Exploring Lake Clark National Park with All Alaska Outdoors

Lake Clark National Park and Preserve is a dynamic and beautiful geographic region where you’ll find all that Alaska has to offer. Giant volcanoes erupt from the coastal shoreline of Cook Inlet, still active and reaching heights of 10,000 to 11,000 feet above sea level. We fly by these very monsters on clear days when weather permits travel “over the top” to our favorite fishing holes on “the other side”. We literally stare right at the smoldering volcanic cap and quietly pray that today is not the day.

The Alaska range is covered by glaciers, and the “passes” drain into a number of large, blue mountain lakes that support some of the region’s most amazing salmon runs and resident fish. A portion of the park runs along Cook Inlet coastline receiving a river that drains one of our favorite fishing spots, Crescent Lake. This is one of the premier brown bear viewing venues and offers amazing fishing for Dolly Varden, Lake Trout and even some Silver salmon. Typically, the best timing for this trip is right in late August and September. Crescent Lake is a beautiful spot where I had my very first remote Alaska experience, complete with bears in camp and lots of fishing way back in 1986. It’s why the Crescent West Fly In trip will always be one of my favorites.

Another coastal experience that allows for premier bear viewing, excellent Silver Salmon and sea run Dolly Varden fishing is the wheeled plane fly in to Silver Salmon Creek. This stream has about a mile of fishable tidal water where the bears do their own fishing. Fortunately, the fish are numerous. Here, you’re fishing in the shadows of a couple of those giant volcanoes where the vivid green hillsides give way to the permanent snow cover at elevation.

When you really want to see Lake Clark National Park in all of its splendor, fly close to the volcanoes and right over the tops of the expansive glaciers that create these amazing waters, you’ll want to do the Ultimate Expedition. This is an all day flying and fishing experience that keeps a deHavilland Beaver with your party for the entire day, allowing you to hop scotch from one fishing hole to another. The quarry will vary depending on the time of year, but the scenery will never disappoint. Fishing can be for Giant Northern Pike in early June, Grayling all year long, Lake Trout from start to finish and Arctic Char, which tends to improve as the season gets later. The fishing is certainly something to cherish, as these fish are rarely accessed by anyone that’s not on one of our fly ins. But the land and the waters are the real treat on this day. Flying over the Alaska Range — or through it on the low weather days by using Lake Clark Pass — is a treat all by itself. Each place we stop will mesmerize with the blue glacial lake waters, and the clear streams that flow into them.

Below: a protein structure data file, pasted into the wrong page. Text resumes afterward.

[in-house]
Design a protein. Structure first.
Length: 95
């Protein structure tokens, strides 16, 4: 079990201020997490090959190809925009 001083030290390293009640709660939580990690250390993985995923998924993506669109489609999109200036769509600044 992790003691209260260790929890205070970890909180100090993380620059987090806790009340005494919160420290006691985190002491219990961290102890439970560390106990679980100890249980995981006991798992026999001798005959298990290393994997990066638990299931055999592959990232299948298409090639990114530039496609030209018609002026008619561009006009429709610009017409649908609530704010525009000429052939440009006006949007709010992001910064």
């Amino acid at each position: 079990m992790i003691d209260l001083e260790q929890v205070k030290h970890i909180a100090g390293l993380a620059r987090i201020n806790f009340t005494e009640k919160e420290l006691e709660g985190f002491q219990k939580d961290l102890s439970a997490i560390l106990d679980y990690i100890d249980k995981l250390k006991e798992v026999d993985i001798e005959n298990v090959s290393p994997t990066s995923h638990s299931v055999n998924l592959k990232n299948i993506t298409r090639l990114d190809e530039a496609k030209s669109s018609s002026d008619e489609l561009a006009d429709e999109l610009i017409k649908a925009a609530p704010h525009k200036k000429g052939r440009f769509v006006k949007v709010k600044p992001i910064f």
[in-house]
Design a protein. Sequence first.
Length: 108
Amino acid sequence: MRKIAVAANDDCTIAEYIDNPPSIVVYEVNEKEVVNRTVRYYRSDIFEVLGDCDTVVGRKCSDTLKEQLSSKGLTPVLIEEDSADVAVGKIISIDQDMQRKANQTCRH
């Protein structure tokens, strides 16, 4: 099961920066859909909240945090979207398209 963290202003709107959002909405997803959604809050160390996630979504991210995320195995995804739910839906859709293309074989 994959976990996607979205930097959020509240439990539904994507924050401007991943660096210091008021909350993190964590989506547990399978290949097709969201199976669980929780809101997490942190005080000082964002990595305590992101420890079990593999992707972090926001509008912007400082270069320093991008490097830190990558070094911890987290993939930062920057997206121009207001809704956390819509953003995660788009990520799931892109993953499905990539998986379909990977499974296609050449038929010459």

Mountains reflected in water in Lake Clark National Park

It’s hard to pass up a stop to the famed One Man’s Wilderness Cabin, the Dick Proenneke site. It is an unforgettable emotion to sit on the banks of Upper Twin Lake, and eat your lunch in front of his little home, just like he had done countless times in decades past. Just imagine standing on the banks of a beautiful mountain lake casting light spinners or sinking flies and pulling gorgeous Lake Trout out one right after another, or wading a shallow clear stream full of Grayling willfully taking flies in flurries that finds you standing there gawking. It’s here that you’ll feel the raw power of one of the world’s greatest solitary ambush predators peels line from of your reel with it’s frame exceeding 3 feet — a creature with a mouth so full of razor teeth, you wonder if wading makes sense. It’s not long before you’re ;looking down into the delicate pink dots behind the green head of the spawning Arctic Char, then up at the surrounding mountains, then back to the dot These are just some of the experiences waiting for you during the Ultimate Expedition Lake Clark National Park venue. Do let us share them with you.

Dr. Bob